Jeff Bezos quotes: ‘All overnight success takes about 10 years’. Zoom with their massive success actually took 9 years, Airbnb was rejected 7 times before succeeding. There are exceptions to the rule but largely it takes years of hard work to make an overnight success. So my learning, and it has been an exceptionally gruelling lesson, is that as a founder you must have grit.
‘Perseverance beats resistance’ is a phrase bandied around my team often. Why? We have met resistance, sometimes a lot of it. So what made us stick to it. Vision and mission are critical, otherwise we would be better off failing fast and trying something else. There were these moments, let me be clear, I have often found myself after a bad week wondering if I would not be better off tackling something else. Grit, is looking at the market and saying no. There is a challenge, my clients are telling me they are struggling with this, I just have to find a new way of approaching them.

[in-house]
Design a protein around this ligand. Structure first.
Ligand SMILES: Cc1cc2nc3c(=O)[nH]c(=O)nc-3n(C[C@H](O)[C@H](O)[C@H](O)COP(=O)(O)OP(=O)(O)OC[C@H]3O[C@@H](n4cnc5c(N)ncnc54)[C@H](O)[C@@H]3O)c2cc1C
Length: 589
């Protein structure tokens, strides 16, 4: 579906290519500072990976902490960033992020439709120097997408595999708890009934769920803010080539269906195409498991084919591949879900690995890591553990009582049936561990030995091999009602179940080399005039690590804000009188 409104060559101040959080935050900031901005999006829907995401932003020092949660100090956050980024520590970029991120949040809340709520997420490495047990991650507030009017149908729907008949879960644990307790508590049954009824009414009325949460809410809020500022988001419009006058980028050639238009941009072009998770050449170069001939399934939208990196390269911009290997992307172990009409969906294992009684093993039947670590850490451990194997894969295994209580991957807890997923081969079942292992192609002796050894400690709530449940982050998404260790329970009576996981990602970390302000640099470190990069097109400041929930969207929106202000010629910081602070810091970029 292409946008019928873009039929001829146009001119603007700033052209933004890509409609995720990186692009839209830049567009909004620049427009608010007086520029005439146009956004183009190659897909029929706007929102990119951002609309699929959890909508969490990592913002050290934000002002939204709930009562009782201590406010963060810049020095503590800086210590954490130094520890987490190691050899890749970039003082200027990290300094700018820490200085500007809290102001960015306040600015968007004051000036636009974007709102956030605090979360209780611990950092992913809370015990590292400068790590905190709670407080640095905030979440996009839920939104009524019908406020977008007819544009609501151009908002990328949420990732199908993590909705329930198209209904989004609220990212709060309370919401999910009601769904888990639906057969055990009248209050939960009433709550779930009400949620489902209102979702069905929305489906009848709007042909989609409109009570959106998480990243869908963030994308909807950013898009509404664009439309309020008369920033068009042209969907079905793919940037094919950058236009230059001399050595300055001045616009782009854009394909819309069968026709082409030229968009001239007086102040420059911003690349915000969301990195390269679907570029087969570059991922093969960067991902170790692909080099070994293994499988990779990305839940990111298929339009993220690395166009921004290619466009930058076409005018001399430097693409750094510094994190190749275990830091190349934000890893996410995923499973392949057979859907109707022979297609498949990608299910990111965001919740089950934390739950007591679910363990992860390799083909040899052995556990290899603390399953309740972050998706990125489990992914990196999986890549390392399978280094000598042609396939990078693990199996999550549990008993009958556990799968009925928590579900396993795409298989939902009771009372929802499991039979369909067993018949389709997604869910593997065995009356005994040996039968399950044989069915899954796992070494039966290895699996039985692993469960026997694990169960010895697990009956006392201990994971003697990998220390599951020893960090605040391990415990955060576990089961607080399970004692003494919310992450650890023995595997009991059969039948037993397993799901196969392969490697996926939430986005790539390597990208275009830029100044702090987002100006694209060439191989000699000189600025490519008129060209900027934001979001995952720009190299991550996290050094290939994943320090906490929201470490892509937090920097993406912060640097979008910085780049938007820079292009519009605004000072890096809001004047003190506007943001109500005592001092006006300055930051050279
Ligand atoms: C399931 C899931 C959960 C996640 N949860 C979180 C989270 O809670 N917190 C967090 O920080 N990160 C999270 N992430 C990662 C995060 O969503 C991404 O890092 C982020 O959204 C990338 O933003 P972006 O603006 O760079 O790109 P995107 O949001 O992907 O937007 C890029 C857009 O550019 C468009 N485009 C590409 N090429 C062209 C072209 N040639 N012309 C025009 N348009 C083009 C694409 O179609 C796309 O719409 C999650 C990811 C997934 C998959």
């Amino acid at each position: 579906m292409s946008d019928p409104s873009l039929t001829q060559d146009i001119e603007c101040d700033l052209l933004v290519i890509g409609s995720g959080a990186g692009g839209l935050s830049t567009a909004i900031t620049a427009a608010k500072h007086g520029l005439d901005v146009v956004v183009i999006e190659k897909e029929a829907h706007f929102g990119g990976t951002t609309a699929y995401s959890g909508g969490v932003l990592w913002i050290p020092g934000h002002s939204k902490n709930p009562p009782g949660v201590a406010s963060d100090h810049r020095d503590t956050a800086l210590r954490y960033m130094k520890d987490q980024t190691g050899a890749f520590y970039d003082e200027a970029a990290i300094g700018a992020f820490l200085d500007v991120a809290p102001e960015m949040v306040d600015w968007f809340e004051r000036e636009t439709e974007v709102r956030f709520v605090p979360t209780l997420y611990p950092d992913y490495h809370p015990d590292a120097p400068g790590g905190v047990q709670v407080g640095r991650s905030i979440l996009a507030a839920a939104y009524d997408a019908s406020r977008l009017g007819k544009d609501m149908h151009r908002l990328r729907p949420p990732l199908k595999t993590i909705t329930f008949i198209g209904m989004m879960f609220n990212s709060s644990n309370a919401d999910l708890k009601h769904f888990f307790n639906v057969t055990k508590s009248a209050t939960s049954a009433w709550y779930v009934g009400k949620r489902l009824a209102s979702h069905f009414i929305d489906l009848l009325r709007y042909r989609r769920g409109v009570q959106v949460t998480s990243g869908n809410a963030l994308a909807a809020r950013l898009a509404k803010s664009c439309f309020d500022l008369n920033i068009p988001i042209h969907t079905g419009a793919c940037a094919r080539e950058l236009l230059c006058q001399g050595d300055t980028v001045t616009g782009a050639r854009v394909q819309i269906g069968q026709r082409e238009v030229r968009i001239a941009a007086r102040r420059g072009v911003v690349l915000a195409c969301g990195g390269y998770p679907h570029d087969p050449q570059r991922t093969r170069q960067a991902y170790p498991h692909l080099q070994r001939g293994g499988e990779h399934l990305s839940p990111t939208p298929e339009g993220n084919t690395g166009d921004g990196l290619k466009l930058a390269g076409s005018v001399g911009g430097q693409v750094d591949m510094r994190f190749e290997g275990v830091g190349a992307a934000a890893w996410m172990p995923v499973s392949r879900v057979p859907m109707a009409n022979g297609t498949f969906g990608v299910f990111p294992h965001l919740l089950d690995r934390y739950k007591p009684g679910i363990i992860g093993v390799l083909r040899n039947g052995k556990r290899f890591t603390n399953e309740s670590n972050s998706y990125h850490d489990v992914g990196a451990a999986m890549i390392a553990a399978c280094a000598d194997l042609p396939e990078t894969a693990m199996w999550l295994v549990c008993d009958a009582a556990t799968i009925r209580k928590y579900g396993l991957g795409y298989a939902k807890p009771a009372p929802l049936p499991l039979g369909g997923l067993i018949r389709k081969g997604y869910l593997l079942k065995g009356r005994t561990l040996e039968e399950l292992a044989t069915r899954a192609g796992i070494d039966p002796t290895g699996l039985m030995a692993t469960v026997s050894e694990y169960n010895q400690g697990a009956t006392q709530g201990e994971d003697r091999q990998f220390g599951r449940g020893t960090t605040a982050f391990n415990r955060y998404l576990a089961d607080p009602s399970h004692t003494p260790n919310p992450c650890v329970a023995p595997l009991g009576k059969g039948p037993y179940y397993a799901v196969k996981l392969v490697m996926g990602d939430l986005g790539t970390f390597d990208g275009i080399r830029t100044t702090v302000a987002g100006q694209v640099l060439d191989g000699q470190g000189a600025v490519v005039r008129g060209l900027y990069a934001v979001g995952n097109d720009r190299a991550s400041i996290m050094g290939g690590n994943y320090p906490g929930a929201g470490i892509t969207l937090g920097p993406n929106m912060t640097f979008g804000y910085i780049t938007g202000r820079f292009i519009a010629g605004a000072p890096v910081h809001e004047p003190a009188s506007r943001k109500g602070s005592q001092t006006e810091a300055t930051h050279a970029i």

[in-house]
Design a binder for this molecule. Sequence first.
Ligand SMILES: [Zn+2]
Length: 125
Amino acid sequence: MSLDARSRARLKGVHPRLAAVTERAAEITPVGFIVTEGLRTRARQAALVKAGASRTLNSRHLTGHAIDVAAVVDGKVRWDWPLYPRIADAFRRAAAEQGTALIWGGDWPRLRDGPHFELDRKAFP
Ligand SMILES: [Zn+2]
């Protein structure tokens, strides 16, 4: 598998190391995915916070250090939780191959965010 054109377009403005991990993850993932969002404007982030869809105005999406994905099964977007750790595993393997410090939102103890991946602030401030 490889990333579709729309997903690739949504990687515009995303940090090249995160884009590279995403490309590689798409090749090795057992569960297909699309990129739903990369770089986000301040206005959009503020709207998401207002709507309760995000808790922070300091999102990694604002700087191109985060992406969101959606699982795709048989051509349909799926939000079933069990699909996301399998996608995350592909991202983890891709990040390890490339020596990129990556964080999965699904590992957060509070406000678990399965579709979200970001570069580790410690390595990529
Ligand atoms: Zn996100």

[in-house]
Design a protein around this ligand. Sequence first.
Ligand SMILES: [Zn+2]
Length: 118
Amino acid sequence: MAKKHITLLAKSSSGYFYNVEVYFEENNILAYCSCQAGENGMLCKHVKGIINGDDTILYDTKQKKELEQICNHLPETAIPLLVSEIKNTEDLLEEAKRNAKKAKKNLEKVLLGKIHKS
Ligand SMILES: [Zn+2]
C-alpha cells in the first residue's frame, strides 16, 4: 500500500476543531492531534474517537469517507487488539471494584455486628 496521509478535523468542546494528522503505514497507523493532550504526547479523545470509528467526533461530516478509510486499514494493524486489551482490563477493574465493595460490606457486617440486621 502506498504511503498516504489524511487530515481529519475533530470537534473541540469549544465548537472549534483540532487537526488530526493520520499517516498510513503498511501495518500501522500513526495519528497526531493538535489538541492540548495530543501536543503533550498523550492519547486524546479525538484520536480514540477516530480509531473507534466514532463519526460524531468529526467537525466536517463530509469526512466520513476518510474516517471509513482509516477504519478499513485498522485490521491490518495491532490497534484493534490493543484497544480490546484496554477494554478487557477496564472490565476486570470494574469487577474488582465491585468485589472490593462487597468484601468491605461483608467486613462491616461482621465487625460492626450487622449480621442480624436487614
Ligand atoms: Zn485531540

The reasons for resistance can be somewhat endless. Startups are inherently risky. Procurement and IT security are risk adverse as they should be. Their primary instinct is no, keep the status quo. We have often found companies might re-engineer or repurpose existing technologies to address the challenges we solve. We typically find these companies back at our door 6 months later to start the whole process again. Other barriers we have found can be in navigating the labyrinth of decision makers, competitors, reprioritisation (which can happen at any time), the list goes on.
In some cases, thankfully few, we have found some organisations do not feel mentoring is mission critical or falls into a nice-to-have category. This can be challenging and frustrating, to our knowledge mentoring occurs within any organisation whether informally or formally. It is our purpose to provide more access to experiences, knowledge and package outcomes for individual success. With individual success organisations see benefit and transformation. At the end of the day, those organisations that don’t see it that way soon will as they lose their competitive advantage. People are organisations most valuable asset, end of.